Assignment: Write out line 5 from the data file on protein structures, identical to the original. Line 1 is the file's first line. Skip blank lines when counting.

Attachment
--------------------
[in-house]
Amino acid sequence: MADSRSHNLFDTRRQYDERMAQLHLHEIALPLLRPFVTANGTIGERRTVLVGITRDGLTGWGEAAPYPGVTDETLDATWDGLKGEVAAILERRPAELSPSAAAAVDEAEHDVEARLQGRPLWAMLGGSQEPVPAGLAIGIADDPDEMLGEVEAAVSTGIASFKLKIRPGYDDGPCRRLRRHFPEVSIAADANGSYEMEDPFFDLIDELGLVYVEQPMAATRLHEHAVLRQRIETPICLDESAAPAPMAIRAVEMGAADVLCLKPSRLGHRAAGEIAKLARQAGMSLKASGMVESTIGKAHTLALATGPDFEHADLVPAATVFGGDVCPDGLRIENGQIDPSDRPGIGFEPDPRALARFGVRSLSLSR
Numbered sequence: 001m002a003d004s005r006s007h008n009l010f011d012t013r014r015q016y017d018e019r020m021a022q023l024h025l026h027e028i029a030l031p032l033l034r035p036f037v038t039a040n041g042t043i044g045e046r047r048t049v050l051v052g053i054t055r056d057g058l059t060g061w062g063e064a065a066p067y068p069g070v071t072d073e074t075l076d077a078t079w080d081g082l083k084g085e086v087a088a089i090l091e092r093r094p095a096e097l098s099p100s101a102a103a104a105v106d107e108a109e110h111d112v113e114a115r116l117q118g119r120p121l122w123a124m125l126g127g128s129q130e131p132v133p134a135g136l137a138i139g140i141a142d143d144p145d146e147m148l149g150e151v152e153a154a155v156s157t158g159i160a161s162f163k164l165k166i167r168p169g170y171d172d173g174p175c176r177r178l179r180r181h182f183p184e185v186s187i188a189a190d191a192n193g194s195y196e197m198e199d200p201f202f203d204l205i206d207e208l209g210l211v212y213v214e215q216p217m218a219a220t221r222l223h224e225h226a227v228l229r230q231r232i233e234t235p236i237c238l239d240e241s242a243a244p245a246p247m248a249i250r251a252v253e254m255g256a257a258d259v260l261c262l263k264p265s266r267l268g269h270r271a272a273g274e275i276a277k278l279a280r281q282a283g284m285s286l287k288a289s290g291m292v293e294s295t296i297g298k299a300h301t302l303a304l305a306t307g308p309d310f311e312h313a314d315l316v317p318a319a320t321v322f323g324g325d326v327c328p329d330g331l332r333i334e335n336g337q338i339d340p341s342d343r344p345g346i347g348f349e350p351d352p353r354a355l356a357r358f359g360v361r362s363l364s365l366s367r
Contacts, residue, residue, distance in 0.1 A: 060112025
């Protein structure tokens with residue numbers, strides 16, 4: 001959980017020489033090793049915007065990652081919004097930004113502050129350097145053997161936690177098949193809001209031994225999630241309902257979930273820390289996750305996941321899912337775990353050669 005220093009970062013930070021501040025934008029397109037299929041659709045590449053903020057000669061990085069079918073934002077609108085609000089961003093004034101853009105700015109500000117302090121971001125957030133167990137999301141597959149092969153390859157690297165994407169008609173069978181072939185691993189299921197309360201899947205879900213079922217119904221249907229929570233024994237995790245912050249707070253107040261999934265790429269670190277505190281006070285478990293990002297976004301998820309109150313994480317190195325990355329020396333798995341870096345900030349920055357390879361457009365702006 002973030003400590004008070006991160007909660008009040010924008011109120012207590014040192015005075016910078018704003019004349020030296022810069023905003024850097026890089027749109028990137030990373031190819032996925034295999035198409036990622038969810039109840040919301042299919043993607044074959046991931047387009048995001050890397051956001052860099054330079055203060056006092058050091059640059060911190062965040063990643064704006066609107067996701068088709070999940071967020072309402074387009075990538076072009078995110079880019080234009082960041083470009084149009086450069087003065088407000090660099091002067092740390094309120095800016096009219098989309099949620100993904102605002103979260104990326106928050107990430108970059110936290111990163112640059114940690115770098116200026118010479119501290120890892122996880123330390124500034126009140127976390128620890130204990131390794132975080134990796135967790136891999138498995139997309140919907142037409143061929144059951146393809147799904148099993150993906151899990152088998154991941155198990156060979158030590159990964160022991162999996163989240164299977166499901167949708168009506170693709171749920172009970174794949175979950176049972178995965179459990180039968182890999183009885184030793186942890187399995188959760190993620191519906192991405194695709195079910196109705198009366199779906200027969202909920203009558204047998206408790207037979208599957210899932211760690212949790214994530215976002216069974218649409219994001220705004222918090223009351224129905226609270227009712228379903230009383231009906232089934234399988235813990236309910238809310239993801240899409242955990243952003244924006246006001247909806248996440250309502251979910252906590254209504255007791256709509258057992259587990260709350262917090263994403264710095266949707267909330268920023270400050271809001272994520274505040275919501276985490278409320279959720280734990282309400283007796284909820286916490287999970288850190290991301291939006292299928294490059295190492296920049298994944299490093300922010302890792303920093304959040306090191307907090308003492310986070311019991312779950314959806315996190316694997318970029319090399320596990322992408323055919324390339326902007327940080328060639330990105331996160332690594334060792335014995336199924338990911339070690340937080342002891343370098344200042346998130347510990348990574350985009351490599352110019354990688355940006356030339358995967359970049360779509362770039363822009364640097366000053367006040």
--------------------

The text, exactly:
């Protein structure tokens with residue numbers, strides 16, 4: 001959980017020489033090793049915007065990652081919004097930004113502050129350097145053997161936690177098949193809001209031994225999630241309902257979930273820390289996750305996941321899912337775990353050669 005220093009970062013930070021501040025934008029397109037299929041659709045590449053903020057000669061990085069079918073934002077609108085609000089961003093004034101853009105700015109500000117302090121971001125957030133167990137999301141597959149092969153390859157690297165994407169008609173069978181072939185691993189299921197309360201899947205879900213079922217119904221249907229929570233024994237995790245912050249707070253107040261999934265790429269670190277505190281006070285478990293990002297976004301998820309109150313994480317190195325990355329020396333798995341870096345900030349920055357390879361457009365702006 002973030003400590004008070006991160007909660008009040010924008011109120012207590014040192015005075016910078018704003019004349020030296022810069023905003024850097026890089027749109028990137030990373031190819032996925034295999035198409036990622038969810039109840040919301042299919043993607044074959046991931047387009048995001050890397051956001052860099054330079055203060056006092058050091059640059060911190062965040063990643064704006066609107067996701068088709070999940071967020072309402074387009075990538076072009078995110079880019080234009082960041083470009084149009086450069087003065088407000090660099091002067092740390094309120095800016096009219098989309099949620100993904102605002103979260104990326106928050107990430108970059110936290111990163112640059114940690115770098116200026118010479119501290120890892122996880123330390124500034126009140127976390128620890130204990131390794132975080134990796135967790136891999138498995139997309140919907142037409143061929144059951146393809147799904148099993150993906151899990152088998154991941155198990156060979158030590159990964160022991162999996163989240164299977166499901167949708168009506170693709171749920172009970174794949175979950176049972178995965179459990180039968182890999183009885184030793186942890187399995188959760190993620191519906192991405194695709195079910196109705198009366199779906200027969202909920203009558204047998206408790207037979208599957210899932211760690212949790214994530215976002216069974218649409219994001220705004222918090223009351224129905226609270227009712228379903230009383231009906232089934234399988235813990236309910238809310239993801240899409242955990243952003244924006246006001247909806248996440250309502251979910252906590254209504255007791256709509258057992259587990260709350262917090263994403264710095266949707267909330268920023270400050271809001272994520274505040275919501276985490278409320279959720280734990282309400283007796284909820286916490287999970288850190290991301291939006292299928294490059295190492296920049298994944299490093300922010302890792303920093304959040306090191307907090308003492310986070311019991312779950314959806315996190316694997318970029319090399320596990322992408323055919324390339326902007327940080328060639330990105331996160332690594334060792335014995336199924338990911339070690340937080342002891343370098344200042346998130347510990348990574350985009351490599352110019354990688355940006356030339358995967359970049360779509362770039363822009364640097366000053367006040």